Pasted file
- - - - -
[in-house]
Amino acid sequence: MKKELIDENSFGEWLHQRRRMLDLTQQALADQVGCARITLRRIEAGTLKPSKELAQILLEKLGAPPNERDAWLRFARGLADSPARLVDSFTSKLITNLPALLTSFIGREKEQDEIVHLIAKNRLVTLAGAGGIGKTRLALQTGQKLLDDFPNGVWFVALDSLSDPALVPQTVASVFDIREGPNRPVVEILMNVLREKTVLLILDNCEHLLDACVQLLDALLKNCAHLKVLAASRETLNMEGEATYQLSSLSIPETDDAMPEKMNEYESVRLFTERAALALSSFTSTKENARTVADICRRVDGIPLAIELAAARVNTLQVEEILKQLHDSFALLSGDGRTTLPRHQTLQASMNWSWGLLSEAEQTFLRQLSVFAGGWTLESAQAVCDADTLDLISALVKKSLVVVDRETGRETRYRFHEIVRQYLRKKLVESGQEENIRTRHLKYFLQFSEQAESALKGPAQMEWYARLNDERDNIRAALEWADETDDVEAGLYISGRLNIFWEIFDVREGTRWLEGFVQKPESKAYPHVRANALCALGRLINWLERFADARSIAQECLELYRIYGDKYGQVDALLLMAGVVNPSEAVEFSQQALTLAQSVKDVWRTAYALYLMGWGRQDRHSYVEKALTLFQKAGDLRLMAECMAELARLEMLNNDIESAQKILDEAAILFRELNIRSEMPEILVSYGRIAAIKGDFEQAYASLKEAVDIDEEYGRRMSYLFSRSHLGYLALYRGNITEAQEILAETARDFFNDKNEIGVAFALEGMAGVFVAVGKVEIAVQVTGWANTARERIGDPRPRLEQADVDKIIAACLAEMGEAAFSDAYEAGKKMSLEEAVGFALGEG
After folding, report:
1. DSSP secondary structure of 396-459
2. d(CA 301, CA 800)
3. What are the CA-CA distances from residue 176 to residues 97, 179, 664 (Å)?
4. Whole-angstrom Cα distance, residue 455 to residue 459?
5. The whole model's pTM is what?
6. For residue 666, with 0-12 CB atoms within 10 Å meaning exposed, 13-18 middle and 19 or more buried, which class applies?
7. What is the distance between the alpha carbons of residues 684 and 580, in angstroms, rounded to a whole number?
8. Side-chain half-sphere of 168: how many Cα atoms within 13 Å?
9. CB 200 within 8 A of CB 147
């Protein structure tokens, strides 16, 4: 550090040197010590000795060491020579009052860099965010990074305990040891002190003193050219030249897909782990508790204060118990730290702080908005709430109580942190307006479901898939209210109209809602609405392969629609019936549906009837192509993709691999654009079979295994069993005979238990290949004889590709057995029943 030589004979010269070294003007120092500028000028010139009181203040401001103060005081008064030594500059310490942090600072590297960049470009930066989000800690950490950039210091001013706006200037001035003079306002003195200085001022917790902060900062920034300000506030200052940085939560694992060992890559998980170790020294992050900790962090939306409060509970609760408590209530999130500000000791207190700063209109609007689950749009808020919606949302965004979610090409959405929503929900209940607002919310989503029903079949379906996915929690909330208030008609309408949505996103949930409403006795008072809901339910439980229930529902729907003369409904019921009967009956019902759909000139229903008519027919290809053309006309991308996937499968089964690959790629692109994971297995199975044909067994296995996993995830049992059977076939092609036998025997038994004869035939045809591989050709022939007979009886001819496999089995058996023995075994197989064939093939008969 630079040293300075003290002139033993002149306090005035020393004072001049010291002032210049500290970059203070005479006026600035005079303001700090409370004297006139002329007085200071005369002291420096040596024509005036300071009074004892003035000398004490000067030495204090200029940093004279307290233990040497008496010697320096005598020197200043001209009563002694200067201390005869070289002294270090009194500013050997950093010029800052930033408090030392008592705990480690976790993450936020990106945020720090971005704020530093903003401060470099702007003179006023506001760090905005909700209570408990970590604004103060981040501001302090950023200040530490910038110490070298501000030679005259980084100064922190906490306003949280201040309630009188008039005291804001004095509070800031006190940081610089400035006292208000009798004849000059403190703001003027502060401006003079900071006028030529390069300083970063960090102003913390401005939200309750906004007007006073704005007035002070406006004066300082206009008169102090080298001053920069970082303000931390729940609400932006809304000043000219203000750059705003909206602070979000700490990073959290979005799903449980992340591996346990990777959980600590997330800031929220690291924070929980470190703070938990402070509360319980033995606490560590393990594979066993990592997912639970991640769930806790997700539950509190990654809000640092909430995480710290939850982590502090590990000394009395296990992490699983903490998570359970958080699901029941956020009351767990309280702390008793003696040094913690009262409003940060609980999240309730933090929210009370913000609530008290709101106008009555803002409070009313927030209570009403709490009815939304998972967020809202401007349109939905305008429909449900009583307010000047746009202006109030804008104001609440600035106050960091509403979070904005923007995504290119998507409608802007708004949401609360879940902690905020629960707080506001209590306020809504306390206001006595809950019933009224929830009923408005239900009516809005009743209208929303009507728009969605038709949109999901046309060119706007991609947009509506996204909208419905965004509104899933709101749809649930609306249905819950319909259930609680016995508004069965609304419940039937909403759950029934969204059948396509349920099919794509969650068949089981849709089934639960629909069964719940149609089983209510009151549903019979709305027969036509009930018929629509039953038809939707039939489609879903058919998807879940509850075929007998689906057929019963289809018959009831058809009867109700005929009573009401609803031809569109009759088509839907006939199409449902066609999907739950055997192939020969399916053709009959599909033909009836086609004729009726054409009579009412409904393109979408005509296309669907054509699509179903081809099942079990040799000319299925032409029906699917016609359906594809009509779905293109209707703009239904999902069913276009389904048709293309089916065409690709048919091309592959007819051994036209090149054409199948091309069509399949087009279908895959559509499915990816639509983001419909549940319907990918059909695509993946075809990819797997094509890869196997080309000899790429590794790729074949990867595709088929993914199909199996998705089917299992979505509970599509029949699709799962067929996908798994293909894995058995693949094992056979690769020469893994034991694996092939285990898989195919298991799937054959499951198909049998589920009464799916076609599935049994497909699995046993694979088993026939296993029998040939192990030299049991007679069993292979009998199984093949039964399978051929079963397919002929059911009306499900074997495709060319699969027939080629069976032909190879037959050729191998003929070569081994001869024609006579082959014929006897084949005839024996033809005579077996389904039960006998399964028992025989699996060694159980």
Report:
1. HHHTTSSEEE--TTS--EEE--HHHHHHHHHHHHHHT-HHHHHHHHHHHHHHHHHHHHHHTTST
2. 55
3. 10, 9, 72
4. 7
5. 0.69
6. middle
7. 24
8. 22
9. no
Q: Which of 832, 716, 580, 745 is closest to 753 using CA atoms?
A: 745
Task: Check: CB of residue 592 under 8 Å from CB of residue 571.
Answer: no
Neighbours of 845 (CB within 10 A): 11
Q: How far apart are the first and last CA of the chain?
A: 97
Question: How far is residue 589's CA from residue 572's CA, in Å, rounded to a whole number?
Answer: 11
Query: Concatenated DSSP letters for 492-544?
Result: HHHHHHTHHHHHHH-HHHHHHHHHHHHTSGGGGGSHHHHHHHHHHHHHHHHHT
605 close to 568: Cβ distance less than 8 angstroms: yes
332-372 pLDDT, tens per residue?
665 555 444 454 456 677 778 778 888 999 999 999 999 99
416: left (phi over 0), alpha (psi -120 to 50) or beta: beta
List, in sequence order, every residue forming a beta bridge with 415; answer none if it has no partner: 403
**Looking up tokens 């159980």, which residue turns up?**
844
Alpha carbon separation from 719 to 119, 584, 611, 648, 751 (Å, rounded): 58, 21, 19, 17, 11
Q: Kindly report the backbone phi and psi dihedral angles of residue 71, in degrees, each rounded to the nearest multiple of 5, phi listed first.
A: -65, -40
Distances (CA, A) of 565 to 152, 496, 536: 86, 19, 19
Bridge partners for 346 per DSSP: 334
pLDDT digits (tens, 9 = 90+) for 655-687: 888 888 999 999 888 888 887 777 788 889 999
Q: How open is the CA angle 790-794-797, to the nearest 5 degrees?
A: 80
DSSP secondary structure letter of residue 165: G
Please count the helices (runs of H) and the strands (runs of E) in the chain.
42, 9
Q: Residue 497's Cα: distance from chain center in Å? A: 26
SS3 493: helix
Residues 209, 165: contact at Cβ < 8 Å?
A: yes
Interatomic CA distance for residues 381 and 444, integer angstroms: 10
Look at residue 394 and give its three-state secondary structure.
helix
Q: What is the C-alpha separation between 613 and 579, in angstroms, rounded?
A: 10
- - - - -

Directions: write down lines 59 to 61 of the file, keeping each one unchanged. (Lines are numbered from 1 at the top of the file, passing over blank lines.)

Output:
helix
Q: What is the C-alpha separation between 613 and 579, in angstroms, rounded?
A: 10